The quotes make the story

As a journalist, sometimes you get to write a story that you feel good about. Not necessarily because the story is happy or ground breaking, but because you know in your gut that you’ve written a good lede and your interviewee gave you strong quotes and the whole thing just flows.

That’s how I felt about this piece that I wrote last week for the Wilmington News Journal. It features Abby, an 11-year-old girl who was picked on for years because she was born with large ears that stuck straight out from her head. In August, the Little Baby Face Foundation paid for her to receive corrective surgery to tuck her ears back. The story follows the journey of both Abby and her mother Carol.

Though Abby is truly beautiful, the story is not all happy. Unfortunately, it is certainly not groundbreaking, as bullying is a part of life for many students across the country. But the quotes make the story. I hope you have a few more minutes to read it.

Categories: Journalism | Tags: , , , , , , , , , | 4 Comments

Laugh often

“I love people who make me laugh. I honestly think it’s the thing I like most, to laugh. It cures a multitude of ills. It’s probably the most important thing in a person.” — Audrey Hepburn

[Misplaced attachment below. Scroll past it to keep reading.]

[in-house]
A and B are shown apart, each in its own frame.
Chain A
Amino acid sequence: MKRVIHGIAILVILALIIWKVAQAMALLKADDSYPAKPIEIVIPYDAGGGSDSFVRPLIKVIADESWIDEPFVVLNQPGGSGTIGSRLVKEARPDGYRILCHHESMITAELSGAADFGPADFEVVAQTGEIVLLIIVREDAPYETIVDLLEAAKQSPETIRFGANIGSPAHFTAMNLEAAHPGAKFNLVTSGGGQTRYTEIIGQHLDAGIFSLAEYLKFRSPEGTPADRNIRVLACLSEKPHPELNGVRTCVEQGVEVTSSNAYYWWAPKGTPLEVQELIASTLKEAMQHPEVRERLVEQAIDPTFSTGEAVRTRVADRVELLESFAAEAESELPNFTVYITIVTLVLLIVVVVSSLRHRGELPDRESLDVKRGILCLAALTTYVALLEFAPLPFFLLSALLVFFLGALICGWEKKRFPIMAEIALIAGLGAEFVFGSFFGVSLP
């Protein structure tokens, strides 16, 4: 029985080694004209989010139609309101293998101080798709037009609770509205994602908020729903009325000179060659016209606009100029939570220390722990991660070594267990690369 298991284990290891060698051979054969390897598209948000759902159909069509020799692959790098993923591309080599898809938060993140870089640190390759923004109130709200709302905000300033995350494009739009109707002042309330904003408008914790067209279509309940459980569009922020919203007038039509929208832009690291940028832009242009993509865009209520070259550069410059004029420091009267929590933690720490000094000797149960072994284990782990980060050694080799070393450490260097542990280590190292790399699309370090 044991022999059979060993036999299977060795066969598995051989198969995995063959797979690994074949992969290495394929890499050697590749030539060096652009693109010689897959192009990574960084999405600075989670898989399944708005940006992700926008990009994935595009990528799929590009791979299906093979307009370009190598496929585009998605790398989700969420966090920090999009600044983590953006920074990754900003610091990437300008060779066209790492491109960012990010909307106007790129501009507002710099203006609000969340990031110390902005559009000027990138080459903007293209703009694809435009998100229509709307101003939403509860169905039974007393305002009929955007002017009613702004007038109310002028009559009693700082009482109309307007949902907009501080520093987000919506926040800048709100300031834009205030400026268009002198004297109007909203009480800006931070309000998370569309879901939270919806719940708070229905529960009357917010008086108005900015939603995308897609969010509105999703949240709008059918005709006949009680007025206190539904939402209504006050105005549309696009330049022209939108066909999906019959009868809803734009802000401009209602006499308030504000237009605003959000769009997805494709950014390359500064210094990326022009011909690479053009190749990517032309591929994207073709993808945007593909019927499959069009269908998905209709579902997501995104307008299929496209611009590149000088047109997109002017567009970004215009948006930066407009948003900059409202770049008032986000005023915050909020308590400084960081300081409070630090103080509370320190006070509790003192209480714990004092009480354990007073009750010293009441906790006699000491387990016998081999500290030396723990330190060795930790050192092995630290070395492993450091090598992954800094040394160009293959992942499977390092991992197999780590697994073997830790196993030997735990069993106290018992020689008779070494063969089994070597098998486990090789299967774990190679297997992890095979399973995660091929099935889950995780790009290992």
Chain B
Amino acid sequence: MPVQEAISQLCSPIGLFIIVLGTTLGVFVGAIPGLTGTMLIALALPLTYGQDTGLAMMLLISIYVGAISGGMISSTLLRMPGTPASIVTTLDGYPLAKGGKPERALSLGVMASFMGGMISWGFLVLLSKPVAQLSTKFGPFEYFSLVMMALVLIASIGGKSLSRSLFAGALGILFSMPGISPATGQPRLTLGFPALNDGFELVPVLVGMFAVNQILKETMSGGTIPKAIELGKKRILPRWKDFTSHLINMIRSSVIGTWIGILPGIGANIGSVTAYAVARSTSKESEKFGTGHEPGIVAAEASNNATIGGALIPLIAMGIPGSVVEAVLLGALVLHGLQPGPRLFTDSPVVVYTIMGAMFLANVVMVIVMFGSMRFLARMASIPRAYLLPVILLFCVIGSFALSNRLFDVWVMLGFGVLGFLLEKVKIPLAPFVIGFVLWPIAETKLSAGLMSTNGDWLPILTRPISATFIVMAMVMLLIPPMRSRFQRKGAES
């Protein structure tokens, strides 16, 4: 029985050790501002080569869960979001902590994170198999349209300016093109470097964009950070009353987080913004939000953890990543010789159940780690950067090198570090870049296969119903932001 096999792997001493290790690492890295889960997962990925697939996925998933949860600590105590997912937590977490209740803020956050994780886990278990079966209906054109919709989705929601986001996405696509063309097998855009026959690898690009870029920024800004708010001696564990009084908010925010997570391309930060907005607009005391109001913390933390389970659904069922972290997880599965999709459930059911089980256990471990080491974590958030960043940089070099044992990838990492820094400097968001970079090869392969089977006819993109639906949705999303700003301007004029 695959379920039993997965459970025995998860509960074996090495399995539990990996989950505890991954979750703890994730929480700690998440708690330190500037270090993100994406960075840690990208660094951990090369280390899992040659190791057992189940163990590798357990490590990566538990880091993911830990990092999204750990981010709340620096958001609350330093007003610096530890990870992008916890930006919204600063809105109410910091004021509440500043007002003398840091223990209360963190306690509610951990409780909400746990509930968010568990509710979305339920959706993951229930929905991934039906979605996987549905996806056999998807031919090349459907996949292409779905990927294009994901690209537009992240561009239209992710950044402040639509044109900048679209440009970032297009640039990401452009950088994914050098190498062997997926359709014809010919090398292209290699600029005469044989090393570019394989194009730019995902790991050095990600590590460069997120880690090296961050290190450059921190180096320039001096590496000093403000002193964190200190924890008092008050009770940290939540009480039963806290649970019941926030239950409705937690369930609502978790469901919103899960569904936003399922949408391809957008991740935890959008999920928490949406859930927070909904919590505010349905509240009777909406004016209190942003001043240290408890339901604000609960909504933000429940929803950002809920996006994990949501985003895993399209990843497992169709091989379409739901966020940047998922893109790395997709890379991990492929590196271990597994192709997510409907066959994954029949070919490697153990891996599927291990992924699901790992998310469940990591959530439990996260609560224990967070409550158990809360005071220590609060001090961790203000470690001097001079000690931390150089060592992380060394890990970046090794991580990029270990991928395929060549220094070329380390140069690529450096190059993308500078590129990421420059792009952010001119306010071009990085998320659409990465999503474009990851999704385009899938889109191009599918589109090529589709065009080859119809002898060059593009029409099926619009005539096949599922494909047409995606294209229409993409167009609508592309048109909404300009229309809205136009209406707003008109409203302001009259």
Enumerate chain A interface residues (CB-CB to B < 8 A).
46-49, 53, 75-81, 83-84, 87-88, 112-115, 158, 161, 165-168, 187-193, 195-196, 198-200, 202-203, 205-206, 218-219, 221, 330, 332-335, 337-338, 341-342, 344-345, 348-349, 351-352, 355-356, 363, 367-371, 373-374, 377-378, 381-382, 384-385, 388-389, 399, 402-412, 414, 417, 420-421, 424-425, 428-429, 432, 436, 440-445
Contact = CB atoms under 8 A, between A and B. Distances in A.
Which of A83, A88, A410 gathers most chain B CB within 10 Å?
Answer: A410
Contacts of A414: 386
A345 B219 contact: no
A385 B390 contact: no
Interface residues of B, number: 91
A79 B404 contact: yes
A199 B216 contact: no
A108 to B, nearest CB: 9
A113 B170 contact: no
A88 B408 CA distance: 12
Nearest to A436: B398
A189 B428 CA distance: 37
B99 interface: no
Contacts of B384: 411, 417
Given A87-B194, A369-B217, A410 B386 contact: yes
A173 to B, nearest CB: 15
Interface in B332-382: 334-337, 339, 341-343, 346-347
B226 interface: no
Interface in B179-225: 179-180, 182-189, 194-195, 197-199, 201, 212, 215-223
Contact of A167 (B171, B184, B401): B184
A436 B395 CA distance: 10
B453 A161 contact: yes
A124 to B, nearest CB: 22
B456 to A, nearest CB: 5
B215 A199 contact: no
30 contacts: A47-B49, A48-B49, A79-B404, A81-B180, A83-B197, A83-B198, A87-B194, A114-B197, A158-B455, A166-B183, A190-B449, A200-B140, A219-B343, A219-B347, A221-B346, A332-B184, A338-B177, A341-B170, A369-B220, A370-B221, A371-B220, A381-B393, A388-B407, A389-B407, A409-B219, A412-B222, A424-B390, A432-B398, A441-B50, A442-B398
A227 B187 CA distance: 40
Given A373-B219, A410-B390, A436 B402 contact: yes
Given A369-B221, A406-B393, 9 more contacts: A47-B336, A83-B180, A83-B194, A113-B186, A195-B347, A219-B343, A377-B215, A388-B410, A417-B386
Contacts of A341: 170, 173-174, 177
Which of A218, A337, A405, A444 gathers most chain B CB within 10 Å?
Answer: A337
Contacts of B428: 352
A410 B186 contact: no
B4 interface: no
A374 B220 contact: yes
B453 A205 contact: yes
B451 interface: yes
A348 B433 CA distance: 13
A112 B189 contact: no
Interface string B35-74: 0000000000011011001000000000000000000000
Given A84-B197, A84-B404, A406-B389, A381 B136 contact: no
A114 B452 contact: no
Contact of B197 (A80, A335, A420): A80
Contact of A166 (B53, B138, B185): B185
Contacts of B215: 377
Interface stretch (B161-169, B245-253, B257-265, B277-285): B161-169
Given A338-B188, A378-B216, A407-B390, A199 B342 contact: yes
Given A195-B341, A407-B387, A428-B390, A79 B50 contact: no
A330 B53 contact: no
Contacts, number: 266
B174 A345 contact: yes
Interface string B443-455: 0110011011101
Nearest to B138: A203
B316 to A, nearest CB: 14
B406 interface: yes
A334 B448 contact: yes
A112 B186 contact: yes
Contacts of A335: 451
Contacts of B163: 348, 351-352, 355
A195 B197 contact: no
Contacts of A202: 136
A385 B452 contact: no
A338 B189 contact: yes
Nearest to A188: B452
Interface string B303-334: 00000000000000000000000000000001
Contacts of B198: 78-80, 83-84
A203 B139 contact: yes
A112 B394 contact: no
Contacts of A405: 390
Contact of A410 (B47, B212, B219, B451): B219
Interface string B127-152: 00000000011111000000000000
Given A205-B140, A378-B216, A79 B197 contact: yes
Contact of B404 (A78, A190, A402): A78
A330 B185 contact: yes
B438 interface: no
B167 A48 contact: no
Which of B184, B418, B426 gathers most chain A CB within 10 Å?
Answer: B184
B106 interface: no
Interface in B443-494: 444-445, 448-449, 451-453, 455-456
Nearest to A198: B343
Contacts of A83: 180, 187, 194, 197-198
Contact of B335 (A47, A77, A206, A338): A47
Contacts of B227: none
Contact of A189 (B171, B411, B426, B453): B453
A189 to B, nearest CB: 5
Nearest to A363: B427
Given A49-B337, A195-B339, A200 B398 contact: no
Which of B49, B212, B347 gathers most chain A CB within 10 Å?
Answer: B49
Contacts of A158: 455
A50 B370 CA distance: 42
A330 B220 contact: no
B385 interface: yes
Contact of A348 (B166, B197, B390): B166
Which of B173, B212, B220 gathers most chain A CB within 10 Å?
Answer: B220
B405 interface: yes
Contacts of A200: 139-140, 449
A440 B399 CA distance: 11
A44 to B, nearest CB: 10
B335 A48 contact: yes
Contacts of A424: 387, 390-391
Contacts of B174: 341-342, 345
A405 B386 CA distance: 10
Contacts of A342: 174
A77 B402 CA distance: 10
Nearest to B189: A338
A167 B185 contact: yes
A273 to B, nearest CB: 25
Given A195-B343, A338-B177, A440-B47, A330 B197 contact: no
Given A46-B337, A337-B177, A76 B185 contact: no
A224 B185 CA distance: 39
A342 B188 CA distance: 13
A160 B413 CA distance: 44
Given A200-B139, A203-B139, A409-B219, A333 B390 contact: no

Audrey Hepburn was a film and fashion icon during Hollywood’s Golden Age. She was also an avid humanitarian, devoting herself to her work as a UNICEF ambassador from 1988 until her death in 1993. Her first week on the job took her to famine-ravaged lands of Ethiopia.

Though I had always heard of this beautiful actress with whom I shared a name, I had never seen an Audrey Hepburn movie until last fall, when I borrowed my roommate’s copy of “Breakfast at Tiffany’s.” I immediately fell in love, searching out additional films from her vast repertoire.

This quote from her is a personal favorite of mine, for I also love to laugh and I always work to surround myself by others who laugh, make me laugh and appreciate my sense of humor. I love how many different kinds of laughter exist in the world. Each person’s laugh is unique, like a fingerprint, with its own tones, notes and lengths. It can convey a range of emotions, from nervous anticipation to pure joy.